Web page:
California State University, Sacramento
Jane Austen and Animals is a thoughtful and lucid book. That it never loses sight of its object—tracing connections between the domination of the nonhuman world and the domination of women in the juvenilia, letters and novels of Jane Austen—may be both a merit and a weakness. On the one hand the book is well researched and remarkably consistent. On the other its argument can seem somewhat unadventurous and occasionally formulaic: the “bad” characters in Austen who exploit animals and natural resources usually exploit women; the “good” ones who are sensitive to the environment are also more sexually egalitarian. The point is not that the argument is not convincing—it is—but that even while it makes a solid case the reader longs for a few more intellectual twists and turns along the way.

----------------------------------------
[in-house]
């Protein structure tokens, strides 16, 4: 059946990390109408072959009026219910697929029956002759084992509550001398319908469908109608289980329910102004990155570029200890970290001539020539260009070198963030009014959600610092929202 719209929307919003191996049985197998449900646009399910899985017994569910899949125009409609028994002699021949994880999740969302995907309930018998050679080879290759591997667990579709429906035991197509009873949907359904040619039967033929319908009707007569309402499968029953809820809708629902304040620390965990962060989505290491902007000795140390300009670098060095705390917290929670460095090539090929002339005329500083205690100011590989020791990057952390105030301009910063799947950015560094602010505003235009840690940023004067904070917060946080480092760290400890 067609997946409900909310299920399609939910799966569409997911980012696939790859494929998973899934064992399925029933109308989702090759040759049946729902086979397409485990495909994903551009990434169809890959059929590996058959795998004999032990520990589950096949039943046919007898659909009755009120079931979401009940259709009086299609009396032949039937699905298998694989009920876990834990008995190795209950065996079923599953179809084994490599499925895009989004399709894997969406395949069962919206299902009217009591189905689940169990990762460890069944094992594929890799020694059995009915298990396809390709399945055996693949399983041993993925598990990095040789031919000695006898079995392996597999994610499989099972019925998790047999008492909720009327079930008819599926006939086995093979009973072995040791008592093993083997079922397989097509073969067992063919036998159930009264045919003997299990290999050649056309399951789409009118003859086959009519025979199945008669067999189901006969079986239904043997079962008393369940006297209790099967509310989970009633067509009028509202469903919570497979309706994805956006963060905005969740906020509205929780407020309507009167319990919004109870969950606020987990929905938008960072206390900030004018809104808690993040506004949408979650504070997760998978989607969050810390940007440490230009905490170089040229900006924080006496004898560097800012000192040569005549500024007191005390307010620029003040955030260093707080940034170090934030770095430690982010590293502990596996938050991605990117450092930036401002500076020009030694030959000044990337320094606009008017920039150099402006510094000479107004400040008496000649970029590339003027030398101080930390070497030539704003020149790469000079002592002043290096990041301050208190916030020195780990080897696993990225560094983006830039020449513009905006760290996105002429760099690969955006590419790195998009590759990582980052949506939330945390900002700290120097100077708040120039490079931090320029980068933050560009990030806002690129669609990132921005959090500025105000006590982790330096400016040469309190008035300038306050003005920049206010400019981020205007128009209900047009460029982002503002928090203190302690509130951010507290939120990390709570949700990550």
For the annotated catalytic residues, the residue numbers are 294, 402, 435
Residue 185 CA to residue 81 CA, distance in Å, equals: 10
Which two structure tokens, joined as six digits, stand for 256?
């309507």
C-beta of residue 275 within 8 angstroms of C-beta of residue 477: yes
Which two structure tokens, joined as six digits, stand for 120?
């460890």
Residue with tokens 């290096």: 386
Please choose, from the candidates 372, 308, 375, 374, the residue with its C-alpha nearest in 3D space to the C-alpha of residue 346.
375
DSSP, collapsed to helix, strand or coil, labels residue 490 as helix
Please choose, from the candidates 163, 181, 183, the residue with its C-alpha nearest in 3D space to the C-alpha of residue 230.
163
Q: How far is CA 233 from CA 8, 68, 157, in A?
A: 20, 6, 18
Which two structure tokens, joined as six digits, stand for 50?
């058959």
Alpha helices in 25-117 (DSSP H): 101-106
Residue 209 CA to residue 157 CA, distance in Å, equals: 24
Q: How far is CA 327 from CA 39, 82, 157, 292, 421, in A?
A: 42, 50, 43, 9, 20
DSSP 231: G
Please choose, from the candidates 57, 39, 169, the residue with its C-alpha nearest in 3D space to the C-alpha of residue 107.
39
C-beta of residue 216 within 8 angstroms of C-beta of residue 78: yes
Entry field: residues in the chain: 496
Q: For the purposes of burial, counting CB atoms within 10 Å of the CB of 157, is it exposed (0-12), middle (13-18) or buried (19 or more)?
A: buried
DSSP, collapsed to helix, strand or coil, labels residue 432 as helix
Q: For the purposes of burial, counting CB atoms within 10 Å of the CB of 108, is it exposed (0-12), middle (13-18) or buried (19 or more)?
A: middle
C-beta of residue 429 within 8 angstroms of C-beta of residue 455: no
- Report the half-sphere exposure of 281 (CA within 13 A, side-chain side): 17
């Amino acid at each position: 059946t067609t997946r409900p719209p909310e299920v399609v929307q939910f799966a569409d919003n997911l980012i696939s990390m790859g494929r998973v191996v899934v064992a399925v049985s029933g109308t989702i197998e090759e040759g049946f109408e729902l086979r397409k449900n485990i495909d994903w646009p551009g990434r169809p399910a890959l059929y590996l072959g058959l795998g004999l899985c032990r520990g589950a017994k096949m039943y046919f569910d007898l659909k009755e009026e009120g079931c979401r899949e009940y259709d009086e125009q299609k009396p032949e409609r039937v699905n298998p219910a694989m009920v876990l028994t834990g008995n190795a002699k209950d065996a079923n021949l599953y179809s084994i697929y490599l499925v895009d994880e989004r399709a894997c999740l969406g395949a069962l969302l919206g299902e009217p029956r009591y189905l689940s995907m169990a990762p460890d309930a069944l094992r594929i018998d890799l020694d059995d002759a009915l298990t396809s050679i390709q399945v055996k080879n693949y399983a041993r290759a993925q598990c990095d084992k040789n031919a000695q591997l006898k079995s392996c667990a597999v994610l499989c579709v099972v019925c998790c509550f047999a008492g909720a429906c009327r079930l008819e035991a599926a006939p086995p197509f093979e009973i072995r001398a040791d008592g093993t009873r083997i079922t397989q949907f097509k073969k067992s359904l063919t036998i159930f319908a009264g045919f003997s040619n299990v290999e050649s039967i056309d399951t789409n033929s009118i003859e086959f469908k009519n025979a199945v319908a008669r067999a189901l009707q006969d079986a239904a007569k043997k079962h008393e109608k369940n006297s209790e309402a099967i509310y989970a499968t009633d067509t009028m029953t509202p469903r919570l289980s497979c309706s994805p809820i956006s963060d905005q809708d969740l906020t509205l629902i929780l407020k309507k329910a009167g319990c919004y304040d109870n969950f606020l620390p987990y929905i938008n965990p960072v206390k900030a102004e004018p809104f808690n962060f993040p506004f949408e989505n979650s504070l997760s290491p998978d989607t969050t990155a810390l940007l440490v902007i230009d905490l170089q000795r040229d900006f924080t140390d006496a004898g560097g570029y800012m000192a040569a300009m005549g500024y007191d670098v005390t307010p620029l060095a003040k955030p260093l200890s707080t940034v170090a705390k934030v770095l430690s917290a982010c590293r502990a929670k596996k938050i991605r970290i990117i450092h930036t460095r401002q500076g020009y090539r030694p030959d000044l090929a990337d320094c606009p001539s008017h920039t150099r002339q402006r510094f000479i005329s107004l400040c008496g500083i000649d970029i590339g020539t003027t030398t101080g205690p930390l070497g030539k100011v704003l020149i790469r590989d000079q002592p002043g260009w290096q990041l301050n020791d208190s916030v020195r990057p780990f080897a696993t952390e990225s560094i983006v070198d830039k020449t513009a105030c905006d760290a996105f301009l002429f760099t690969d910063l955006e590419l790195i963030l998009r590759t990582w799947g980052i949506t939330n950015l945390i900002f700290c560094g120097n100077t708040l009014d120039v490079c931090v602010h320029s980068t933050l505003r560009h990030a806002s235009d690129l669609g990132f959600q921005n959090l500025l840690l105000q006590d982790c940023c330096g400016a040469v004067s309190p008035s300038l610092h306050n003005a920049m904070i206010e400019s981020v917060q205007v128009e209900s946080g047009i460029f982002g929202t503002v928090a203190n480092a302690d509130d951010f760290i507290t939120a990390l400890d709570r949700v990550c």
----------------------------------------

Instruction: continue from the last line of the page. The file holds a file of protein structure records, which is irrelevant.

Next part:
Seeber’s book marks the “first full-length study of animals in Austen’s writing” (11). Its main goal is to decenter the...more